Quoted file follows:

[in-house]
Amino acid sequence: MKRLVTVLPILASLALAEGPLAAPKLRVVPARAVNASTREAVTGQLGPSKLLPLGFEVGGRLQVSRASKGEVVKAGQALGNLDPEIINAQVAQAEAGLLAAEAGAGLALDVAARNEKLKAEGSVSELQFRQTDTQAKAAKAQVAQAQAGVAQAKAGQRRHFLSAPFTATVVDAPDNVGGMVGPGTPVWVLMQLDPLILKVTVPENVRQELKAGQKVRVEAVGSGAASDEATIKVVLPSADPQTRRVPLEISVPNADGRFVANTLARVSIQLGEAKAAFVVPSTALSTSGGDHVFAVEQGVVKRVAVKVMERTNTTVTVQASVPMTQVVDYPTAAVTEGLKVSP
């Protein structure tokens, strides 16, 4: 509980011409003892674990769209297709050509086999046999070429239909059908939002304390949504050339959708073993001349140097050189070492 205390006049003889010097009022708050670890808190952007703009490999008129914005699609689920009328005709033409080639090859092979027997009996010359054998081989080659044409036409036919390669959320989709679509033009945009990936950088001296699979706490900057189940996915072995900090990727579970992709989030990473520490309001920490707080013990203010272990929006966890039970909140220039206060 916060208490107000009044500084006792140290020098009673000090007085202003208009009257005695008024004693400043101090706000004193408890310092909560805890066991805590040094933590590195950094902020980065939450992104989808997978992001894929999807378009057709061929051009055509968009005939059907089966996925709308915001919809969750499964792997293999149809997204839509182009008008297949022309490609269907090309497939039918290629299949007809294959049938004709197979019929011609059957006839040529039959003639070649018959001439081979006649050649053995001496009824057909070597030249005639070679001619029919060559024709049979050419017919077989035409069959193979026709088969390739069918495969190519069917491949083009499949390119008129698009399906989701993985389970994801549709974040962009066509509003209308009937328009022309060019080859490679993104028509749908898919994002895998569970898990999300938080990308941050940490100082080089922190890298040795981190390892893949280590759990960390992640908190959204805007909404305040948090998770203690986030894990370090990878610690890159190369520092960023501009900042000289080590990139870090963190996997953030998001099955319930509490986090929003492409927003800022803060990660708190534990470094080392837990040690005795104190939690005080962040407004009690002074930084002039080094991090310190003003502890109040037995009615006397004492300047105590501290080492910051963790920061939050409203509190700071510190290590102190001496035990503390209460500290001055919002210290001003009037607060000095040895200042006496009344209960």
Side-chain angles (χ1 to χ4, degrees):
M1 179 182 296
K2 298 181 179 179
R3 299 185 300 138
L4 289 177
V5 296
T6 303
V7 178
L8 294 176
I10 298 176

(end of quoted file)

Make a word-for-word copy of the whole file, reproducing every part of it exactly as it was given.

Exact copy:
[in-house]
Amino acid sequence: MKRLVTVLPILASLALAEGPLAAPKLRVVPARAVNASTREAVTGQLGPSKLLPLGFEVGGRLQVSRASKGEVVKAGQALGNLDPEIINAQVAQAEAGLLAAEAGAGLALDVAARNEKLKAEGSVSELQFRQTDTQAKAAKAQVAQAQAGVAQAKAGQRRHFLSAPFTATVVDAPDNVGGMVGPGTPVWVLMQLDPLILKVTVPENVRQELKAGQKVRVEAVGSGAASDEATIKVVLPSADPQTRRVPLEISVPNADGRFVANTLARVSIQLGEAKAAFVVPSTALSTSGGDHVFAVEQGVVKRVAVKVMERTNTTVTVQASVPMTQVVDYPTAAVTEGLKVSP
């Protein structure tokens, strides 16, 4: 509980011409003892674990769209297709050509086999046999070429239909059908939002304390949504050339959708073993001349140097050189070492 205390006049003889010097009022708050670890808190952007703009490999008129914005699609689920009328005709033409080639090859092979027997009996010359054998081989080659044409036409036919390669959320989709679509033009945009990936950088001296699979706490900057189940996915072995900090990727579970992709989030990473520490309001920490707080013990203010272990929006966890039970909140220039206060 916060208490107000009044500084006792140290020098009673000090007085202003208009009257005695008024004693400043101090706000004193408890310092909560805890066991805590040094933590590195950094902020980065939450992104989808997978992001894929999807378009057709061929051009055509968009005939059907089966996925709308915001919809969750499964792997293999149809997204839509182009008008297949022309490609269907090309497939039918290629299949007809294959049938004709197979019929011609059957006839040529039959003639070649018959001439081979006649050649053995001496009824057909070597030249005639070679001619029919060559024709049979050419017919077989035409069959193979026709088969390739069918495969190519069917491949083009499949390119008129698009399906989701993985389970994801549709974040962009066509509003209308009937328009022309060019080859490679993104028509749908898919994002895998569970898990999300938080990308941050940490100082080089922190890298040795981190390892893949280590759990960390992640908190959204805007909404305040948090998770203690986030894990370090990878610690890159190369520092960023501009900042000289080590990139870090963190996997953030998001099955319930509490986090929003492409927003800022803060990660708190534990470094080392837990040690005795104190939690005080962040407004009690002074930084002039080094991090310190003003502890109040037995009615006397004492300047105590501290080492910051963790920061939050409203509190700071510190290590102190001496035990503390209460500290001055919002210290001003009037607060000095040895200042006496009344209960």
Side-chain angles (χ1 to χ4, degrees):
M1 179 182 296
K2 298 181 179 179
R3 299 185 300 138
L4 289 177
V5 296
T6 303
V7 178
L8 294 176
I10 298 176